Instead of reporting news, TBD will now become a niche arts and entertainment site, according to the Washington City Paper.

Two weeks ago it was revealed that TBD, which had been in operation for about six months, was to be taken over by the management of its corporate sibling, WJLA-TV (ABC 7).  WJLA.com, which currently redirects to TBD, will eventually regain its status as an independently-run news web site. Some of TBD’s staff will get jobs running WJLA.com, according to the Washington Post.

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Changes are coming to TBD.com, a Rosslyn-based local news web site that launched six months ago.

The management of TBD will be taken over by its corporate sibling, television station WJLA (ABC 7), the Washington Post reported today. Station Manager Bill Lord will now oversee TBD’s operations, according to the Post. WJLA.com, which has merely redirected to TBD.com for the past six months, will be run as a separate web site. No staffing changes are planned at TBD.

WJLA and TBD are both owned by Allbritton Communications and operated out of the Allbritton offices at 1100 Wilson Boulevard.

The change comes three months after TBD founder Jim Brady left the site, citing differences with company CEO Robert Allbritton and culture clashes with personnel at WJLA. TBD Managing Editor Paul Volpe left the site two weeks ago for the New York Times.

Keen observers of local media may have noticed that TBD’s Rebecca Cooper, who represents one-third of Arlington’s full-time reporting corps along with ARLnow.com and the Sun Gazette, has been posting fewer Arlington articles as of late — including only one so far this week. But TBD Editor-in-Chief Erik Wemple says that’s because she’s on vacation.

“No conspiracy here,” Wemple wrote via email. He also said that TBD’s Arlington coverage will continue.

An internal source tells ARLnow.com that TBD staff have attended a number of meetings over the past week or two about the direction of the site, and that some new features may be in the works.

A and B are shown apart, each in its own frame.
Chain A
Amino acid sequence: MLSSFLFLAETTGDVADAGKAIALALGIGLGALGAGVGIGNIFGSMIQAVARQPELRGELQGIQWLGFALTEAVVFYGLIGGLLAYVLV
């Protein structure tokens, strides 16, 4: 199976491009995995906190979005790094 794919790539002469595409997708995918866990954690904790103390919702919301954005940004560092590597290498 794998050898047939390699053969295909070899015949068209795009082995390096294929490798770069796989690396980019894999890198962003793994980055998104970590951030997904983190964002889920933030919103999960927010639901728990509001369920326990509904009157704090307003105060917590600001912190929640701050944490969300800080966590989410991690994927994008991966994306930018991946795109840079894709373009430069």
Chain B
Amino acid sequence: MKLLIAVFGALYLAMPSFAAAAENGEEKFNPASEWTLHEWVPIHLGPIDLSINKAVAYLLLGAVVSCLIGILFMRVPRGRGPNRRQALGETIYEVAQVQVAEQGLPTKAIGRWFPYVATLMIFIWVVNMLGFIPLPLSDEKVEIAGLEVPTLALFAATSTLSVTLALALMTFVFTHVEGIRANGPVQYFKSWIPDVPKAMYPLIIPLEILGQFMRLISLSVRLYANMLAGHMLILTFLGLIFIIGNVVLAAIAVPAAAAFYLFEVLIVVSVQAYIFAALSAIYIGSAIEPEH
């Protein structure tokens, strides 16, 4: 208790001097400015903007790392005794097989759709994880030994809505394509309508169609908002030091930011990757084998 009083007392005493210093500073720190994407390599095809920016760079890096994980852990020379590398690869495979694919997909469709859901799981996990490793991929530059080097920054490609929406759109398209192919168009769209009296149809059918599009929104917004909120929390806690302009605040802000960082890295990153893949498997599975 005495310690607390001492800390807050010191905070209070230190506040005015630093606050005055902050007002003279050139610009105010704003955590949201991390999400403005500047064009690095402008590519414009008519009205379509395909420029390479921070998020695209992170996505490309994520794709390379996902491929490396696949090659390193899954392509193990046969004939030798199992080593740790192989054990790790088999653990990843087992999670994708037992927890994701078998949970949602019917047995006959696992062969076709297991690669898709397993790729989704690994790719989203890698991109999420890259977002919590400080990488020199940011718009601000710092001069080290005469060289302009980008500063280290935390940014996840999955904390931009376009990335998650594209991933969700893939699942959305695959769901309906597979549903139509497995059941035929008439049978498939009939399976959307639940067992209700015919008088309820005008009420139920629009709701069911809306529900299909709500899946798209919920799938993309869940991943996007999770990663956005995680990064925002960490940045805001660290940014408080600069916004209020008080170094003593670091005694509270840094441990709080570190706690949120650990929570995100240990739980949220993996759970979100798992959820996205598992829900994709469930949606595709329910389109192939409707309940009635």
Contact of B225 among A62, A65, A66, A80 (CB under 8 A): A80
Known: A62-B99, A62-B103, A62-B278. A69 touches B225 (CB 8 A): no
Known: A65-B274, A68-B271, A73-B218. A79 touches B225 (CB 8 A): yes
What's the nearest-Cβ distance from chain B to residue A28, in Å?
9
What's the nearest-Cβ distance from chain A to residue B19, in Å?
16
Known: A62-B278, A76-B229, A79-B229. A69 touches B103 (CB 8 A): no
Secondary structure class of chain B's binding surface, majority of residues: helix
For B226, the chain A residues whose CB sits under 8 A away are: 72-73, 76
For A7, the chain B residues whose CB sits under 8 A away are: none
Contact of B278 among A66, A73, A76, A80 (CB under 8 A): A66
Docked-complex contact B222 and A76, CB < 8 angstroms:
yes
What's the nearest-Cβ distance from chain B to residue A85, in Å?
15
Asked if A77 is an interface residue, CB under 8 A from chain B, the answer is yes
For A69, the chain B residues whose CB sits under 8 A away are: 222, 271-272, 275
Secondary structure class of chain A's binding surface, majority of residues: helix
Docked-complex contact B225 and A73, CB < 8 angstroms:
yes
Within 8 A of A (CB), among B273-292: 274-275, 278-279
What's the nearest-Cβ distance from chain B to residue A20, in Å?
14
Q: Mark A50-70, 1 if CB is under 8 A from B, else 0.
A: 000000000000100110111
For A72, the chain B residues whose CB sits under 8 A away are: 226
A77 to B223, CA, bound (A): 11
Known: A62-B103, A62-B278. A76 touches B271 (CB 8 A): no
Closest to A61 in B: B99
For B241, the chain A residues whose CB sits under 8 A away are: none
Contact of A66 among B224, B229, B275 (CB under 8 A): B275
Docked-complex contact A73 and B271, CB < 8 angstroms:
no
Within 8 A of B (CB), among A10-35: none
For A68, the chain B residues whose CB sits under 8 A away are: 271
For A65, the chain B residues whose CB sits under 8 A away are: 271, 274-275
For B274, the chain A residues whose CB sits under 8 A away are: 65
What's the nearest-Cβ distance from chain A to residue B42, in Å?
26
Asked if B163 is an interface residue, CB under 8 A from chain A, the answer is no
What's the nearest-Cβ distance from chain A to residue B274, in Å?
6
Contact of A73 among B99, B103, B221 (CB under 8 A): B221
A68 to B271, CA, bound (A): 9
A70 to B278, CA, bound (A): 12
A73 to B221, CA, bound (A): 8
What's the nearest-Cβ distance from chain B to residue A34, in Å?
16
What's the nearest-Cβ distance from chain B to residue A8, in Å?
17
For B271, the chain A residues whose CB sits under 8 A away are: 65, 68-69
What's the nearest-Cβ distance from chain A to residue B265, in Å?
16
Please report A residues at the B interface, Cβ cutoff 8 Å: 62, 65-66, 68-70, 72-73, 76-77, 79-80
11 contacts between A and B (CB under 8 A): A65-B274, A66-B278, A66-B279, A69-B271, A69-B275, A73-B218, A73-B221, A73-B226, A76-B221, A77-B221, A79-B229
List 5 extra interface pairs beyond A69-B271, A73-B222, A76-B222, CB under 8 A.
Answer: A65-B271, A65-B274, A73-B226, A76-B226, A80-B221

At the same time, however, there has been a noticeable drop in the number of stories aggregated on TBD’s home page in the past month. The site has a feature that allows you to plug in a zip code and get headlines from other local web sites. At least for Arlington zip codes, that list is now only sporadically updated.

Disclosure: ARLnow.com was the first web site to join as a member of TBD’s “Community Network” of local web sites. We still maintain that relationship.

Flickr pool photo by BrianMKA

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(Updated at 4:15 p.m.) It’s rare to find a news organization that’s actively hiring these days, let alone one that’s expanding physically. But that’s exactly what Allbritton Communications is seeking to do in Rosslyn.

Allbritton’s landlord has applied for a site plan amendment to convert space that was originally intended to be a television studio into work space for the web divisions of its WJLA-TV and Politico properties. The nearly 6,000 square foot space is a former retail bay in the interior mall of the 1000/1100 Wilson Boulevard office complex.

Citing the “evolution of the broadcast television industry into a web-based online media,” Allbritton will take what the board initially approved in July 2008 to be a new TV studio for WJLA and convert it into cubicles and offices for web employees. County staff is recommending the board approve the change at its Saturday, Dec. 11 meeting.

The renovations will help facilitate the on-going addition of nearly 100 employees for TBD, the web and cable division of WJLA, and Politico Pro, a new subscription service that’s being launched early next year, according Saul Carlin, Allbritton’s Director of Special Projects.